9. Replace any worn out furniture
  10. Have family or friends for a drink or meal once a month
  11. Have a morning, afternoon or evening out in the last fortnight for entertainment

Consistent poverty rates for lone parents

  • In 2018, households with one adult with children aged under 18 continue to have the highest consistent poverty rate at 19.2%. This rate is 5.0% for households with two adults with 1-3 children aged under 18. Lone parents are almost four times as likely to be living in consistent poverty as two-parent households.

Definition of Consistent Poverty:  Households living with incomes below 60% of the national median income of €240 per week, and experiencing deprivation based on the 11 deprivation indicators outlined above, are living in consistent poverty.

How Poverty Traps:

Time plays a role in poverty. We know that the longer any lone-parent family is exposed to an ‘at risk of poverty’ category, the more likely they are to start experiencing enforced deprivation. These two types of poverty combined then force lone parent families into ‘consistent poverty’.  Consistent poverty is living in a poverty trap, where the daily and weekly living is nearly always living ‘on the back foot’, never able to plan head, participate in social life easily, and are usually always in some type of debt. (See EAPN for further poverty analyses: https://www.eapn.ie/poverty/understanding-poverty/)

Read our Press Release on the SILC results:

Moving from Welfare to Work:  Low Work Intensity Households and the Quality of Supportive Services 

Report by the National Economic and Social Council of Ireland (NESC) – Launch and Seminar.

The report is co-authored by One Family Board Chair, Dr Anne Marie McGauran, and Dr Helen Johnston, both working in the NESC and can be downloaded here.

FINDINGS:

In Ireland the percentage of people living in households where no-one is working, or have a marginal attachment to the labour force, is higher than in most other EU countries. These households are diverse: unemployed people, lone parents, people with an illness or disability and ethnic minorities. ‘Low work intensity’ households experience much higher poverty rates and have a long-lasting negative impact on the children growing up in them. There are significant costs to the State.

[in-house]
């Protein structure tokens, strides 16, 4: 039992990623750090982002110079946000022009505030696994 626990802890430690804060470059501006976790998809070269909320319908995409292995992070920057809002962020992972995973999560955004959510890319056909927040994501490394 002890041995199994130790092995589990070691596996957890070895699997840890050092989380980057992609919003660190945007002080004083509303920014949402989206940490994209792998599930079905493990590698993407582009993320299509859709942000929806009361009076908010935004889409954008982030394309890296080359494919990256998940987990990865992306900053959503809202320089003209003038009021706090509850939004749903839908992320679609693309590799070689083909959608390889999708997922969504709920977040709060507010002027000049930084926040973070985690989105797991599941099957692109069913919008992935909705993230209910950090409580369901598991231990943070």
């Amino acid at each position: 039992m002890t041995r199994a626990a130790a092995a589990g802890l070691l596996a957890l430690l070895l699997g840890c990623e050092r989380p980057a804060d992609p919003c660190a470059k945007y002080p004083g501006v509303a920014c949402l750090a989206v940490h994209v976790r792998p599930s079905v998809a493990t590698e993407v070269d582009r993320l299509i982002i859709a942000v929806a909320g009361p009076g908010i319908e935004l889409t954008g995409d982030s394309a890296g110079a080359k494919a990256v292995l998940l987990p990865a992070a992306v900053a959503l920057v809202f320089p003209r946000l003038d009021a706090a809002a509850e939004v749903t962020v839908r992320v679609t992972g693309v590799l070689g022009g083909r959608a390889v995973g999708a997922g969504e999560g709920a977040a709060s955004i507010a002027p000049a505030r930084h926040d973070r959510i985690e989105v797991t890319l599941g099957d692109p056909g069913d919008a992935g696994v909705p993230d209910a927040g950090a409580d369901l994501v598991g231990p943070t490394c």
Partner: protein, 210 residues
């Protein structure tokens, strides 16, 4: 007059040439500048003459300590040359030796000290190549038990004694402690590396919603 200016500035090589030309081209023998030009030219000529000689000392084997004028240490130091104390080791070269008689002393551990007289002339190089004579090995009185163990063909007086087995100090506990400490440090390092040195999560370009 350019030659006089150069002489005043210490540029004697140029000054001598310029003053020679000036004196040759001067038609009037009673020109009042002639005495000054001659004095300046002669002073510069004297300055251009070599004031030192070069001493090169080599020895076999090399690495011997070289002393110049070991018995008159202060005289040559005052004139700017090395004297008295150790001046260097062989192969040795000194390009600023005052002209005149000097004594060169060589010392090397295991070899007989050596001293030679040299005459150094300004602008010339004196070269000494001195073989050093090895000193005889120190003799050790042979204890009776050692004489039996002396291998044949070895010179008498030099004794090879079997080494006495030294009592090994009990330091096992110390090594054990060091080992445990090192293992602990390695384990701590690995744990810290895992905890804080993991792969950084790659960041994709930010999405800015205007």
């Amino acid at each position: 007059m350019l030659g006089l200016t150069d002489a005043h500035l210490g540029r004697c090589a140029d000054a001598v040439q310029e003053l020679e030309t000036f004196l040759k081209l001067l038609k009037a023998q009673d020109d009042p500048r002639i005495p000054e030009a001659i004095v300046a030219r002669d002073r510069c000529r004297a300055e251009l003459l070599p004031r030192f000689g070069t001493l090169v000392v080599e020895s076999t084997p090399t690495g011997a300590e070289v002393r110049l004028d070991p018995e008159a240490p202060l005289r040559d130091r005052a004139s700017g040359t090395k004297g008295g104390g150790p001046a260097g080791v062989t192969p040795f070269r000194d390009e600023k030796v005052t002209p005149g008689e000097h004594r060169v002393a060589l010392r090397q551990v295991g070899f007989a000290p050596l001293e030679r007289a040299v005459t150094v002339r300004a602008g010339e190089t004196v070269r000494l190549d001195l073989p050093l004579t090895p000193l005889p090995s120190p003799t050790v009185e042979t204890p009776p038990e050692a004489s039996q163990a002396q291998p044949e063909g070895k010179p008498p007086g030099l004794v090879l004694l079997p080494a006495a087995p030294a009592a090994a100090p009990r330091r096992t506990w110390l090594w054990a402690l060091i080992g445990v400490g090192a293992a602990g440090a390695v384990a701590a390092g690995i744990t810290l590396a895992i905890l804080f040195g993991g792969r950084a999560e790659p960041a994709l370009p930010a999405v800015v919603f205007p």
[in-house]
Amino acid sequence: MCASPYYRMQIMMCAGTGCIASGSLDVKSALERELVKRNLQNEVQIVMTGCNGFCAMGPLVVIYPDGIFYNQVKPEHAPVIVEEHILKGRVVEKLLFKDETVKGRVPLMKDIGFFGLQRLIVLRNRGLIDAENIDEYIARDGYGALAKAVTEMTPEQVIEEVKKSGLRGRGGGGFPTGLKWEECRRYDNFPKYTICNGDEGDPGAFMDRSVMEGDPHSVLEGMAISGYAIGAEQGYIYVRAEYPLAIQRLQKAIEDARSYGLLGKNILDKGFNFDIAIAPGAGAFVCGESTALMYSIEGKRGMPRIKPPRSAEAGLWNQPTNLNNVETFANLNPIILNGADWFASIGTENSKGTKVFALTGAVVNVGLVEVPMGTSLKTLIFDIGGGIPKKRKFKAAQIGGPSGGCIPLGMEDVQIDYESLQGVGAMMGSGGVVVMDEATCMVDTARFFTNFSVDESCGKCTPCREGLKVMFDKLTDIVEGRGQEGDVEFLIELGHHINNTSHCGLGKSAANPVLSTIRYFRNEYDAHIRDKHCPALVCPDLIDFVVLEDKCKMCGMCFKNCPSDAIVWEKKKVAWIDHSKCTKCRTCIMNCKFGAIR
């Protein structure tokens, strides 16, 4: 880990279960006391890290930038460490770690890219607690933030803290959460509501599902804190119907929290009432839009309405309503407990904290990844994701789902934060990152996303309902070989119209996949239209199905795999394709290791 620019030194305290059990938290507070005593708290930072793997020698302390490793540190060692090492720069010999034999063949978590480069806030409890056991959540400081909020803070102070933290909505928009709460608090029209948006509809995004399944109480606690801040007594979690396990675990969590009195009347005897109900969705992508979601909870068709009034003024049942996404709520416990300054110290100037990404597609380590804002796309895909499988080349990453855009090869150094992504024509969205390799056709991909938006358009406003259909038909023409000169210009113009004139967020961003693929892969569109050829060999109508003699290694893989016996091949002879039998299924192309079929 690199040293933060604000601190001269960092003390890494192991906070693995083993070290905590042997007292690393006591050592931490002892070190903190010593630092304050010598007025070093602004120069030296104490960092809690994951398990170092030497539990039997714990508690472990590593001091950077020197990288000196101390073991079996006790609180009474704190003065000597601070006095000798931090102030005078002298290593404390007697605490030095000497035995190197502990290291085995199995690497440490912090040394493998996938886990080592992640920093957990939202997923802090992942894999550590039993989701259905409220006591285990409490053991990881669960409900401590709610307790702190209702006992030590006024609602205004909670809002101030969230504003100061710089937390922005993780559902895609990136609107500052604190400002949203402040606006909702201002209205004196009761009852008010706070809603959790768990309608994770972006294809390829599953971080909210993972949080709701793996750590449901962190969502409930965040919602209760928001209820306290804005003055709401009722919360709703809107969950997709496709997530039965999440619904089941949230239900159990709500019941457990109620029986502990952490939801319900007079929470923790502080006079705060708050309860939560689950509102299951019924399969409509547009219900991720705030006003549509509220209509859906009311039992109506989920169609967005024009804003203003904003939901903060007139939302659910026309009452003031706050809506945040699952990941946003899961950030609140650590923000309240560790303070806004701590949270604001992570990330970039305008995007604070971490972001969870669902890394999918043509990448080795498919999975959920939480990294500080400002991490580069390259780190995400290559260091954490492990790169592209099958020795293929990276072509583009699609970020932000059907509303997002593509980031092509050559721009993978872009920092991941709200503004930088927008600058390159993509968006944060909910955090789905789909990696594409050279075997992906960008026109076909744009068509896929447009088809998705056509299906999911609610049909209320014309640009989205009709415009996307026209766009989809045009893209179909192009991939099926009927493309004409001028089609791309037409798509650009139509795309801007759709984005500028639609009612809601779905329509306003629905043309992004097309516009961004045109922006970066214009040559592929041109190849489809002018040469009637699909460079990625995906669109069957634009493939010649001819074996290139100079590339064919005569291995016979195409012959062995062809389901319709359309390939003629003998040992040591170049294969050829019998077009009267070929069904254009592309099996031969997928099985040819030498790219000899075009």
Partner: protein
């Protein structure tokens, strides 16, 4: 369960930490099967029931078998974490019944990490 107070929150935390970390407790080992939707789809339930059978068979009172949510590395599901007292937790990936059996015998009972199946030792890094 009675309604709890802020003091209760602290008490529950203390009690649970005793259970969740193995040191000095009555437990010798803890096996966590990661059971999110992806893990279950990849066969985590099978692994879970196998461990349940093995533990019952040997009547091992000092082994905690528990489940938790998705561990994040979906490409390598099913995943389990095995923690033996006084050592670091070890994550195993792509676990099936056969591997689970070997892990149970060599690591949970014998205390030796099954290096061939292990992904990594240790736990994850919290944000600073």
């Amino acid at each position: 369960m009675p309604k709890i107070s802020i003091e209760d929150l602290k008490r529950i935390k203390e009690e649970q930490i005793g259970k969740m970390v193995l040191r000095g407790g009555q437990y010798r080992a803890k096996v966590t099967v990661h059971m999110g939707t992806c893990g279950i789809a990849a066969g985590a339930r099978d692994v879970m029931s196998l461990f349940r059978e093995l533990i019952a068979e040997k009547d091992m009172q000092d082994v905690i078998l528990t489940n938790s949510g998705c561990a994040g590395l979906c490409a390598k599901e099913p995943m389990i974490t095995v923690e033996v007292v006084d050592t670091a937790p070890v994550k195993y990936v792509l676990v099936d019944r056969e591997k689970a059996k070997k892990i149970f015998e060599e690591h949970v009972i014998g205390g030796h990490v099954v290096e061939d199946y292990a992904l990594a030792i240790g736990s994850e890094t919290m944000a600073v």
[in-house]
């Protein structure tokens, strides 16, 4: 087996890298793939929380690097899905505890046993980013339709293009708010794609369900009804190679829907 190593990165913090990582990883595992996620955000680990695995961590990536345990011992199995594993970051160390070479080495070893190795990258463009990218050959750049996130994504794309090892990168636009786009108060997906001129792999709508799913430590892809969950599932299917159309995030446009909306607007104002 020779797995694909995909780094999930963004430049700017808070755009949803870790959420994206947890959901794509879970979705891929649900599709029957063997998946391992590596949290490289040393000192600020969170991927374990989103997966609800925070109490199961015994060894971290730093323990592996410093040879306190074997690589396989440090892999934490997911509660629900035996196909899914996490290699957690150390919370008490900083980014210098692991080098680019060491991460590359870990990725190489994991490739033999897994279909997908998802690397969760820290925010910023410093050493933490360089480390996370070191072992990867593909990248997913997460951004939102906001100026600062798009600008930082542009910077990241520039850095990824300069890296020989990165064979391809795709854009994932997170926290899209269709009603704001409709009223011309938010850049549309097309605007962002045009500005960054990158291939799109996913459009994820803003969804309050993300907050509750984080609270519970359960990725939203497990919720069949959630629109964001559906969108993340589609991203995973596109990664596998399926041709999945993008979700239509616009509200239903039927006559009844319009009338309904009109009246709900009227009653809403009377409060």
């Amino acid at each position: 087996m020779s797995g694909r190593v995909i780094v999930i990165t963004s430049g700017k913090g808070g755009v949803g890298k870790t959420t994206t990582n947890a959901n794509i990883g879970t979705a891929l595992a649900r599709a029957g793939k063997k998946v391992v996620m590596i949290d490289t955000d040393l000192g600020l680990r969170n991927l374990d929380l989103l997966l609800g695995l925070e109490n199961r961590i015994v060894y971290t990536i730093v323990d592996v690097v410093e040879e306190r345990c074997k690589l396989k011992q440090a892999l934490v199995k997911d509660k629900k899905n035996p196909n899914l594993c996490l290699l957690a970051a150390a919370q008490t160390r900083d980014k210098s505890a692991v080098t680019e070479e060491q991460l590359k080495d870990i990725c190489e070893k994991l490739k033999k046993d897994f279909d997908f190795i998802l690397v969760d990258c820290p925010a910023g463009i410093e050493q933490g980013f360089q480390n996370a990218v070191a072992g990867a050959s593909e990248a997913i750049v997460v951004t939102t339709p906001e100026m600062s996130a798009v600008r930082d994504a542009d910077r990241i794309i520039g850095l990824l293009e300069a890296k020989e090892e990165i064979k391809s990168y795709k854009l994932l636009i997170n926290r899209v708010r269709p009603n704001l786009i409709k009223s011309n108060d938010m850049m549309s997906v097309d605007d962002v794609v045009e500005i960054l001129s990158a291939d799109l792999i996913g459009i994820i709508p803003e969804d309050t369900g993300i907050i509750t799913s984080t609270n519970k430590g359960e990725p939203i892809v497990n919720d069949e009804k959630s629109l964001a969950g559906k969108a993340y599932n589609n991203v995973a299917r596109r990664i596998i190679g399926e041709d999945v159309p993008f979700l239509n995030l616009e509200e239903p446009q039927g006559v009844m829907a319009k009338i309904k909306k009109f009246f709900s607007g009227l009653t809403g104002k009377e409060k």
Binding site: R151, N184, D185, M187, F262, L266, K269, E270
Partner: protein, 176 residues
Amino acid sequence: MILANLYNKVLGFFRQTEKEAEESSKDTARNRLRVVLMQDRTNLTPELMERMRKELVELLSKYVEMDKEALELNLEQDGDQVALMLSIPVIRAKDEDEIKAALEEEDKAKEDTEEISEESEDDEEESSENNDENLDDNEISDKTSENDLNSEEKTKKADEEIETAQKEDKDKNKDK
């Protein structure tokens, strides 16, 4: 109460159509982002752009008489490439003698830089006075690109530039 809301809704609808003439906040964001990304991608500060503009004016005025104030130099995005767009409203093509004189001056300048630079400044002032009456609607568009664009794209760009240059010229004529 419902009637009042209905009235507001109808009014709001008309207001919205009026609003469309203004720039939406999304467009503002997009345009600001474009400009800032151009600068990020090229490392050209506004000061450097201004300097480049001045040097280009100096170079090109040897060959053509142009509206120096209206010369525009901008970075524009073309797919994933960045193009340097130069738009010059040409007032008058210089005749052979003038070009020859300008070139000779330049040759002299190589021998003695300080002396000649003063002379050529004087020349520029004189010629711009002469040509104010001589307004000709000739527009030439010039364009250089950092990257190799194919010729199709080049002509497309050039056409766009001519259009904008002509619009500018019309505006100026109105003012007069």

The Report came to three overall conclusions:

1 – There is a need to develop a stronger focus on the household, by continuing to expand activation supports to adult dependents, people with a disability, and carers who wish to enter employment. A seminar speaker, Herwig Immervol, also supported this finding by suggesting that households, rather than individuals, need to be considered, as a whole, in activation measures. (link below)

2 – Stronger links are needed between employment services and employers, and between all services in order to support jobless households. Resources for this co-ordination need to be provided.

3 – Increase intensity of support to ensure effective outcomes particularly for those most distant from the labour market: lone parents, people with illness/disability, and those with literacy difficulties, poor English, no work experience or contacts, a history of addiction or time in prison. Supporting this finding the seminar speaker Deborah Rice also found that well-trained caseworkers who can develop good relations with clients and have some autonomy contribute to positive outcomes (link below).

The report also examined welfare and employment services and found that, though generally supportive, there is a lack of trust between service users and Intreo, where people can feel they have no choice in relation to activation/training options offered.

The programme for the full seminar can be accessed here.